During the 1950's and 60's cycle road racing was on the up and so Jack became involved in that and also encouraged people to try it. To help financially, he ran a "club" savings account for the racers to pay in what they could afford, so that they could have a new bike straight away.  Jack's local club was The Chiltern Road Club, based at High Wycombe. He was President and Race Organiser for many years, holding races for amateurs and semi-pro's independents.  

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Jack Hearne presenting winner;s trophy to Brian Tadman winner of 1960's 'Stokes'
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Two 1970's Jack Hearne machines
ridden in the Redditch 2-up 25-mile TT
                                                      
Jack later had a custom-built shop three miles to the south of the village in Slough.  This shop had a large showroom for around 120 cycles, a workshop in the basement, and further work areas at the rear. He built his own shot-blasting room for the removal of old paint, and installed a larger paint spray unit with air extractors. The unit enabled him to give the frames a finish second to none.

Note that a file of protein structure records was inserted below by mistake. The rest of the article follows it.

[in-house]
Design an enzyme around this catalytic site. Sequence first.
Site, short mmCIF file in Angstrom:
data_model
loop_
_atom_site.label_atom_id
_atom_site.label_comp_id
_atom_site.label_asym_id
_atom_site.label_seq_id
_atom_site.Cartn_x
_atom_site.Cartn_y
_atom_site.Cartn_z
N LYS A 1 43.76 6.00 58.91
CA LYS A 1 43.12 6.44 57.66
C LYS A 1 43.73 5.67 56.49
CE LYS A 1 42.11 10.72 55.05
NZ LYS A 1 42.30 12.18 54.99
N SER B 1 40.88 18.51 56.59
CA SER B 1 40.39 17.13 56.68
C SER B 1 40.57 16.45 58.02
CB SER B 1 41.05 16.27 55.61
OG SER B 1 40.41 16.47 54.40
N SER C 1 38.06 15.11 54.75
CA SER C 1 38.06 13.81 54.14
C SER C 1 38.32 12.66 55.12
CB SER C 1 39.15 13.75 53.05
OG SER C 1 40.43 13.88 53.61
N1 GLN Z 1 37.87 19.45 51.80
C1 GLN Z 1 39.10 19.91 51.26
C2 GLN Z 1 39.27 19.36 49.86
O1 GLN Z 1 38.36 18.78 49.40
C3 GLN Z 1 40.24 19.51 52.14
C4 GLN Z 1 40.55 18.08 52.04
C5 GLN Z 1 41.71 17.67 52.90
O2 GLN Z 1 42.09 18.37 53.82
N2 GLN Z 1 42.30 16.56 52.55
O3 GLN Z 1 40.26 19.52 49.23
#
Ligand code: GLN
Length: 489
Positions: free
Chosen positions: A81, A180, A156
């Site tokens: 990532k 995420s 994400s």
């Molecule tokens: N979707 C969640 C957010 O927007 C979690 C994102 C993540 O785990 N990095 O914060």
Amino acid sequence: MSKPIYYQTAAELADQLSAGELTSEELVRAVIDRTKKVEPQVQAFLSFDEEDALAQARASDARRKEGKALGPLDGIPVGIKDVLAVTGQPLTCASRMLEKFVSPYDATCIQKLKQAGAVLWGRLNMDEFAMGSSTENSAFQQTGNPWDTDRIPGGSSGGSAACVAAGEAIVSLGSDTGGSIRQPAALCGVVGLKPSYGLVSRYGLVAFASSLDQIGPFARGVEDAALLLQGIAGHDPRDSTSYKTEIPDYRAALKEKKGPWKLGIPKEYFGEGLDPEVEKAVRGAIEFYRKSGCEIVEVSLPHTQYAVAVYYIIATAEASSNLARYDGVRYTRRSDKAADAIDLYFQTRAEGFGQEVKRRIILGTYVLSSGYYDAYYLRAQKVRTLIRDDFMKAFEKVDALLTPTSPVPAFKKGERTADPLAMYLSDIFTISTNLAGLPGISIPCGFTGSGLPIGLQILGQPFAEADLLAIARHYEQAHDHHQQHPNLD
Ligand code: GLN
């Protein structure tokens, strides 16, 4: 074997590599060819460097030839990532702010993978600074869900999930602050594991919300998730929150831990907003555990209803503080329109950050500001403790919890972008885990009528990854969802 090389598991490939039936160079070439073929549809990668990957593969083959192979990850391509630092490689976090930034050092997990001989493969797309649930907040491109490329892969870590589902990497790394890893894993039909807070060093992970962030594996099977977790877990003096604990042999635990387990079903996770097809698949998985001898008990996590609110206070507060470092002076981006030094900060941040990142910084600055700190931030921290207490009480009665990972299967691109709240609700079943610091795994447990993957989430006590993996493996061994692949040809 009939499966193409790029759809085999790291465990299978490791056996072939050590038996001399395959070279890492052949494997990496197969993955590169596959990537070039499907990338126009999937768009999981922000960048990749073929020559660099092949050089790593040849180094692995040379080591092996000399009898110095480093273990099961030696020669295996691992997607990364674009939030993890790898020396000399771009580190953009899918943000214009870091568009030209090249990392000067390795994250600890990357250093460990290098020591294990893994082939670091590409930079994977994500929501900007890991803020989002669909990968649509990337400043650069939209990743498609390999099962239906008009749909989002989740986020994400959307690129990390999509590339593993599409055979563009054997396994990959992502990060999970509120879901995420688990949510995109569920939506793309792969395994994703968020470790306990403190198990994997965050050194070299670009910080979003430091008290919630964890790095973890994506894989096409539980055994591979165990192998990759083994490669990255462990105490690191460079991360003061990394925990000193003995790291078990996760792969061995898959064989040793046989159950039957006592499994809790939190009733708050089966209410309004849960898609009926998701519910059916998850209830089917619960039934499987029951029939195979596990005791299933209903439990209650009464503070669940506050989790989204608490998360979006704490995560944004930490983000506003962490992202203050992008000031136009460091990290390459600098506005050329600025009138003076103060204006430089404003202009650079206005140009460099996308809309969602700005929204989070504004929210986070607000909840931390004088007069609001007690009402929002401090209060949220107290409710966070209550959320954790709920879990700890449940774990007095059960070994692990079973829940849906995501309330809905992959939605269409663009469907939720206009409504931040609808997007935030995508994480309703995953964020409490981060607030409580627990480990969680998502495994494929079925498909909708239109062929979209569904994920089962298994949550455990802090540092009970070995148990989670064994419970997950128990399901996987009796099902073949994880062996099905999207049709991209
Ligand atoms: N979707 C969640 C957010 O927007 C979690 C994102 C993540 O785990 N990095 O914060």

During the 1960s many smaller frame building shops sponsored riders for road racing. Larger shops may have had three or four riders, with team names such as "Wally
Green Cycles", "Condor-Mackeson", "Quinn-Everyman", " Ryall-Raxar" and  "Witcombes".  These teams could be seen racing along with the bigger teams of "Viking Cycles", " Falcon Cycles", " Dawes", "Raleigh", and others. 

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Jack was a big supporter of Campagnolo components     
 
Jack was a race mechanic with the England Team on several occasions in the Tour of Britain. The team leader was Bill Bradley, a winner. Jack was awarded one of the yellow jerseys for his work on the team. He also went with a team to the Tour of Sweden and the European Tour of Youth.

Jack's village, Stoke Poges, produced a future champion cyclist, Eddie Adkins, son of the village policeman. Eddie went on to win the National 25-Mile Championships in 1977, 1978 and 1979. Eddie rode a Jack Hearne frame for many years of his racing career and Jack was very proud of Eddie's numerous race wins.

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Above:  Three machines built by Jack Hearne for Eddie Adkins. Top-left - lo-pro time-trial; top-right - road bike;
underneath - conventional fast-back time-trial   

hearne-builders 3 Left: Eddie Adkins making the most of his Jack Hearne/Campagnolo machine
He was three-times National  25-mile Time Trial Champion - 1977, 78 and 79
            
I offer my sincerest thanks to Jack for teaching me so much over the past 45 years, not least for giving me my nick-name " Jaffa "               
                               
Geoff (Jaffa) Orange   
Former Secretary of Chiltern Road Club.
June 2011
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Geoff (Jaffa) Orange, Jack Hearne and Eddie Adkins
at Jack's 80th Birthday Bash